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The number of animals that can be infected with COVID is growing, including pets
Latest company news about The number of animals that can be infected with COVID is growing, including pets

The number of animals that can be infected with COVID is growing, including pets


As the battle against COVID-19 and its variants continues, there is growing evidence that a wide variety of animals are also susceptible to this new coronavirus.


Cats, dogs and hamsters are some of the most popular household pets that can be infected with COVID-19. According to a list in The Atlantic Monthly, animals such as lions, hippos, hyenas, tigers, mink, opossums, squirrels and rats can also.


In an interview with Atlantic Monthly reporter Yasmin Tayag, University of Sydney biologist Edward Holmes said, "In my more than 30 years of research on this subject, I have never seen a virus that can infect so many animal species." He said that more than 500 other mammals are believed to be "highly susceptible.


According to the article, "U.S. zoo staff found one positive case in a beaver, long-nosed raccoon, cougar, domestic ferret, fishing cat, bobcat, mandrill and squirrel monkey." The article adds that among wildlife in the United States, only mink, mule deer and white-tailed deer have been tested positive for COVID-19. "Cases have also been found in wild black-tailed marmots, big hairy armadillos and leopards in other parts of the world."


Interspecies transmission?


In addition to the risk of exposure, interspecies transmission increases the risk of additional mutations.


However, the Centers for Disease Control and Prevention emphasizes that while pets, including cats and dogs, have been infected with the virus "primarily after close contact with people with COVID-19," the risk of COVID-19 transmission from pets to humans is actually very small.


A study published in December 2022 in the journal Veterinary Medicine and Science reported that domestic cats in close contact with COVID-19-positive owners became infected with COVID-19 when the delta and omicron variants were transmitted, suggesting that the cats were infected from their owners and that infected individuals should "during COVID-19 disease The authors suggest that cats are infected from their owners and that infected individuals should "limit close contact with their pets as soon as possible during COVID-19 disease.


However, an Oxford University report published in SciTechDaily states that "having a cat or dog as a pet does not affect the risk of infection and has little to no significant positive effect on someone's risk of experiencing a serious course of disease."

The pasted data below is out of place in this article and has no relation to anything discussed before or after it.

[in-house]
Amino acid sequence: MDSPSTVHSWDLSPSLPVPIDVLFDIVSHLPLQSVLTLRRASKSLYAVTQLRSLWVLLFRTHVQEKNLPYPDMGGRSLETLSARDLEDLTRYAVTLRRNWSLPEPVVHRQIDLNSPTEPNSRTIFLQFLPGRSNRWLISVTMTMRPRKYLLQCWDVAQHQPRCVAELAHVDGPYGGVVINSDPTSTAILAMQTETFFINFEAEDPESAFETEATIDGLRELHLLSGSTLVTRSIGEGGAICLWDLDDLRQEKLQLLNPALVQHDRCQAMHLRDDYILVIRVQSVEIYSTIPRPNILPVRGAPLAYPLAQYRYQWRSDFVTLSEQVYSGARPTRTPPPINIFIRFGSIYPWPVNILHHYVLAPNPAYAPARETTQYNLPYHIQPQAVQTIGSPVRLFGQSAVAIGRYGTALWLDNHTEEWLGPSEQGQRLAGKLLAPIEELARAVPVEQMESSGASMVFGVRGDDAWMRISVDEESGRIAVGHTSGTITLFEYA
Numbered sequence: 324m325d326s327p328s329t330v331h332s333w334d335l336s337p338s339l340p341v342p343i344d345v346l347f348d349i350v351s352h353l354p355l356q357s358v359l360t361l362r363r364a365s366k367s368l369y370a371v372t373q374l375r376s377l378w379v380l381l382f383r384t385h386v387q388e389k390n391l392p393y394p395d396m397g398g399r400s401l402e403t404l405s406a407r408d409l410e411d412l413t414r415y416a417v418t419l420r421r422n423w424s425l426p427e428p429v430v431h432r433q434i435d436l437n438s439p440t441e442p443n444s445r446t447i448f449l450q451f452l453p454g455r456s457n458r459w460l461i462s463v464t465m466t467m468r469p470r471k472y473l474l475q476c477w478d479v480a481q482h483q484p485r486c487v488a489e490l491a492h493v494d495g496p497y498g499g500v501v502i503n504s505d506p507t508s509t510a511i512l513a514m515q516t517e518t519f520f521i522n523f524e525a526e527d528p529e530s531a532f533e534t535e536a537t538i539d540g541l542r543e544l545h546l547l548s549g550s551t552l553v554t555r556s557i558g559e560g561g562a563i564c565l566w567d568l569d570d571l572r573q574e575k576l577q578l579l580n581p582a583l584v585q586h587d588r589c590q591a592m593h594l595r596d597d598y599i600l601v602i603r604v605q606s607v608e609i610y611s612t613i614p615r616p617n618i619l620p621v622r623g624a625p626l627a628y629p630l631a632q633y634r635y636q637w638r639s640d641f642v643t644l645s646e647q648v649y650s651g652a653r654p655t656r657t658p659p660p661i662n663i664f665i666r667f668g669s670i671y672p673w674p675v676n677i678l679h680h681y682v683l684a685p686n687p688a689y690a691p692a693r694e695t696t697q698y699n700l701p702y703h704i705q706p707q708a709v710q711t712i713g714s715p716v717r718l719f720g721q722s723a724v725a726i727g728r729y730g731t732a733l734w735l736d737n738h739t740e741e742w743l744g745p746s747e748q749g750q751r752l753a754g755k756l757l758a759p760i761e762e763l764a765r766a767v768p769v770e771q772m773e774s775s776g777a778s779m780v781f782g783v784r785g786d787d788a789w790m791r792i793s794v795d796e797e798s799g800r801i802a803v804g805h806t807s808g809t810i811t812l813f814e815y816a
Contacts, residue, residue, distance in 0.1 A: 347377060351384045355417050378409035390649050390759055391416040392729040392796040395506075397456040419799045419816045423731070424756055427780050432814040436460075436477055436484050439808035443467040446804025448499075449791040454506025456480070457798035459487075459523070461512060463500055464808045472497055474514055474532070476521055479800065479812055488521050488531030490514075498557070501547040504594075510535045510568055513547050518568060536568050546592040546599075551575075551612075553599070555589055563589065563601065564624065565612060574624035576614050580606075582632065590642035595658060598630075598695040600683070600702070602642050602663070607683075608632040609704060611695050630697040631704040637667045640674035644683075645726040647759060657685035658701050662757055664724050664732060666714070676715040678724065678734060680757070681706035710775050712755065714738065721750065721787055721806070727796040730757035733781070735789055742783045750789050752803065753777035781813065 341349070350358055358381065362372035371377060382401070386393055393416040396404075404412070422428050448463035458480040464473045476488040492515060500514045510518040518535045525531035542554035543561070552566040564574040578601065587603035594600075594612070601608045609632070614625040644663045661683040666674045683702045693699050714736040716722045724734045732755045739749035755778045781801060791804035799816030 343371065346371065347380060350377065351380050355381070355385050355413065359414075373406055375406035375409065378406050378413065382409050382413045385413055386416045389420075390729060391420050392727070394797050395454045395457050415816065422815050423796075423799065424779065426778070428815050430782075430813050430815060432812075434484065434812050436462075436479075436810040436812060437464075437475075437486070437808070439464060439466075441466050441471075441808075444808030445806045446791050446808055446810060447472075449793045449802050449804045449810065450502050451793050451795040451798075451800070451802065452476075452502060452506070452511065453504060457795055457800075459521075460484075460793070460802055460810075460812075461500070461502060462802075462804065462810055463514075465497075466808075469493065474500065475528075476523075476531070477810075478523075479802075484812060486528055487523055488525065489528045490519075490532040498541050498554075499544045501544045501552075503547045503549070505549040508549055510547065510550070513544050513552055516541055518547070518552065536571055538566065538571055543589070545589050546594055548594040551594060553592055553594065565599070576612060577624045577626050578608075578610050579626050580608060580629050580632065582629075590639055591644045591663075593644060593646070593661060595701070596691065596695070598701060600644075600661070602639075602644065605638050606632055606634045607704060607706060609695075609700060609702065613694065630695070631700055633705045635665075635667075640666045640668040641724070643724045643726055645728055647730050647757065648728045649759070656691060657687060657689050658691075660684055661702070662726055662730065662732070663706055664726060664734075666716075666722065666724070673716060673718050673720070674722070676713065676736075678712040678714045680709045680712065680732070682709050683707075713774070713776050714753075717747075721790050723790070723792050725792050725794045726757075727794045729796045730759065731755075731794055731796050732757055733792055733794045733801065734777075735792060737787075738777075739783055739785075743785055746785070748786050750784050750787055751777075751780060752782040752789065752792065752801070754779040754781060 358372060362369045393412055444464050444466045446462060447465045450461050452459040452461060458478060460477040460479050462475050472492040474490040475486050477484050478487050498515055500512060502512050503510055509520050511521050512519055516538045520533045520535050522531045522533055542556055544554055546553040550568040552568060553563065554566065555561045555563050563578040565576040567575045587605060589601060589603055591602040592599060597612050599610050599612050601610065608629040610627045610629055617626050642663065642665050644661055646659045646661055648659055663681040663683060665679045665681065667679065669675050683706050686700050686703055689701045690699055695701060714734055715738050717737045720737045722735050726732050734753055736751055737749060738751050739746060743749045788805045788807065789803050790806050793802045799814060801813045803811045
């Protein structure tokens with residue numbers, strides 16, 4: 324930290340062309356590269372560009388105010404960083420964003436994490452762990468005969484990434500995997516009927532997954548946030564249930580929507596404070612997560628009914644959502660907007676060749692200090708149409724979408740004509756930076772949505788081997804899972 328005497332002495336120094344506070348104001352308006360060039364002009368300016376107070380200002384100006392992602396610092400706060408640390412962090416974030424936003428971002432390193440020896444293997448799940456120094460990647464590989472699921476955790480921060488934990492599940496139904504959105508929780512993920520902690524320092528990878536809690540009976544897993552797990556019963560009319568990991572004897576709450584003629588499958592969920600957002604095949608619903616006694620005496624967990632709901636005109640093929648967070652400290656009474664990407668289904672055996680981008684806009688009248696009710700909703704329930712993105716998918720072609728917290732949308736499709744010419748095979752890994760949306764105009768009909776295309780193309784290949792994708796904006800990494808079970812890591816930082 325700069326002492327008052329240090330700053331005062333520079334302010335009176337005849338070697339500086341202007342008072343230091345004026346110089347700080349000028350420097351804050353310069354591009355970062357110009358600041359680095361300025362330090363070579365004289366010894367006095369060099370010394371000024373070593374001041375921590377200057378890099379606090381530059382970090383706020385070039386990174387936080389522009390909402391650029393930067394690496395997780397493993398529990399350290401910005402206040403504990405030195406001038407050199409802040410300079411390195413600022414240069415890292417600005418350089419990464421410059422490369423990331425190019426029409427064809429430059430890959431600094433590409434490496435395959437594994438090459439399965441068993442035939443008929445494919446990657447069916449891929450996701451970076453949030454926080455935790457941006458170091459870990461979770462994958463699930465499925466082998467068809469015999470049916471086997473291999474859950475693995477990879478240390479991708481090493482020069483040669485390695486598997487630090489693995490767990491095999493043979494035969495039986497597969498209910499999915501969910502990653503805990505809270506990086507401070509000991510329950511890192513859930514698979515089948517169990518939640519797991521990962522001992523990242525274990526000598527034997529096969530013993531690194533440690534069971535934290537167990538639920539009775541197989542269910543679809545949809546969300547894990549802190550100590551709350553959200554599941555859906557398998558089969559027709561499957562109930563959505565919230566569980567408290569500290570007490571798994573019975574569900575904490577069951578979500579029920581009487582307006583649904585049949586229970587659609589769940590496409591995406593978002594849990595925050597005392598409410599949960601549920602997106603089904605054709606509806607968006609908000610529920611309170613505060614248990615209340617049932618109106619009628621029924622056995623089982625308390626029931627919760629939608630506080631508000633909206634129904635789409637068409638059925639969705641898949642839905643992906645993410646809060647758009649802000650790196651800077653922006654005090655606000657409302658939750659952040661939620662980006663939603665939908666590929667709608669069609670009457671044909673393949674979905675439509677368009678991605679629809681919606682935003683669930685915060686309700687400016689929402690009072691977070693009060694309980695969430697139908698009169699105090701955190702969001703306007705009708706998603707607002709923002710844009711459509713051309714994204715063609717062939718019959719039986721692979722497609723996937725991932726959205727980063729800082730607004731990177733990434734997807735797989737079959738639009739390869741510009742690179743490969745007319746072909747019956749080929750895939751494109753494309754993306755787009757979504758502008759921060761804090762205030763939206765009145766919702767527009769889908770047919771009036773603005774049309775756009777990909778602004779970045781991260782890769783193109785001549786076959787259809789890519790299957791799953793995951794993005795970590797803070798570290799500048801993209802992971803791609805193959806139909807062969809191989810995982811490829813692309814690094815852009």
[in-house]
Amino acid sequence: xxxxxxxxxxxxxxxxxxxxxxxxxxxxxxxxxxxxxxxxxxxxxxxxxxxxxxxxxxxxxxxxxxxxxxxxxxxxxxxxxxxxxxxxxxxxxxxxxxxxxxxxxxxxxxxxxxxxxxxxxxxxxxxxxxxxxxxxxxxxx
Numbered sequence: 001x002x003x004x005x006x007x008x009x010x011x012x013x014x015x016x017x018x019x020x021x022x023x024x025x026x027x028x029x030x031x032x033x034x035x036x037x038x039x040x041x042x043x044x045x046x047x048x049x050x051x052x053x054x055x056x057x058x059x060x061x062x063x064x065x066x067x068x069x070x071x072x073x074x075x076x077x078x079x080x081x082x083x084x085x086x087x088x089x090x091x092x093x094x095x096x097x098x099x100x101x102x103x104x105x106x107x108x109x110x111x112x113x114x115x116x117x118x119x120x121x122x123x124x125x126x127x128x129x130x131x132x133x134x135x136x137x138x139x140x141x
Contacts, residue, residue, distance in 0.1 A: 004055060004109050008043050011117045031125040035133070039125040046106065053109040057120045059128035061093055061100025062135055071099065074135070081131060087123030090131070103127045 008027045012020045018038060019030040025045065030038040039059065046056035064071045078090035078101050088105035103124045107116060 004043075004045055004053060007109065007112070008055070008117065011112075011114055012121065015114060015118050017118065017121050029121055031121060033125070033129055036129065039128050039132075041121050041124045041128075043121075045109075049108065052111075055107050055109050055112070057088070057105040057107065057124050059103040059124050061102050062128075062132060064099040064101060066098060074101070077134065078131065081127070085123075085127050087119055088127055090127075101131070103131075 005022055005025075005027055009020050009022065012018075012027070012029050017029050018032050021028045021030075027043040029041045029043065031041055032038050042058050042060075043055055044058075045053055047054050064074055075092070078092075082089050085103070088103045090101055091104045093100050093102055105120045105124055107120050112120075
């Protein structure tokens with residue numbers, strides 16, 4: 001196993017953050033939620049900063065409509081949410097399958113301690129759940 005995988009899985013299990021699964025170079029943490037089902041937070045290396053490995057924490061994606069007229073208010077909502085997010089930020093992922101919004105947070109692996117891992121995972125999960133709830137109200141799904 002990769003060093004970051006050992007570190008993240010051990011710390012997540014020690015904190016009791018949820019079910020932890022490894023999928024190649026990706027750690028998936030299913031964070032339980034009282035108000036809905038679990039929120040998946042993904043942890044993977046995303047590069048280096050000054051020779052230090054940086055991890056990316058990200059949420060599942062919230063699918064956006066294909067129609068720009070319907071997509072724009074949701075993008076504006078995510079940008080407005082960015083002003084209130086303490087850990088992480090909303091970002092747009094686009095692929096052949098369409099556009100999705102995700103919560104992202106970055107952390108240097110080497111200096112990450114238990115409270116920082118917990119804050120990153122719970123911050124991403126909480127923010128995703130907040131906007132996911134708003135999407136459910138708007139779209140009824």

Last year, an outbreak of a series of new coronavirus infections in a Hong Kong pet store prompted the government to ban the import of hamsters. That ban has just been lifted, according to the BBC. The article said local officials test hamsters before selling them because "studies have found that the animals can contract the virus and pass it on to humans." But it also notes that "there is no clear evidence that pets can easily transmit the infection to humans."


What to do and what not to do


There are steps that people who are concerned about their pets contracting COVID-19 can take to prevent it. But there are also some things you should never do.


Don't muzzle your pet because that could harm the animal.

Never wipe your pet down with disinfectant, alcohol, hydrogen peroxide, hand sanitizer, etc., because that can also hurt your pet. And according to the Centers for Disease Control and Prevention, "there is no evidence that this virus can be transmitted to humans through the skin, fur or hair of pets."

If you are infected with COVID-19, treat your pets like you would treat the people in your life - avoid contact.


COVID symptoms in pets


The Centers for Disease Control and Prevention says that most pets do not show symptoms, and of those that do become infected, "most have only mild illness and recover fully." It is extremely rare for a pet to develop a serious illness."


Although uncommon, some of the symptoms pets may exhibit are very similar to those of humans infected with COVID-19, including fever, cough, shortness of breath, lethargy, sneezing, runny nose, vomiting or diarrhea. The health agency recommends that your pet also undergo telemedicine if it is available, as owners who have contracted COVID-19 themselves should not have to take their pets to the veterinarian in person.

Pub Time : 2023-01-30 14:38:05 >> News list
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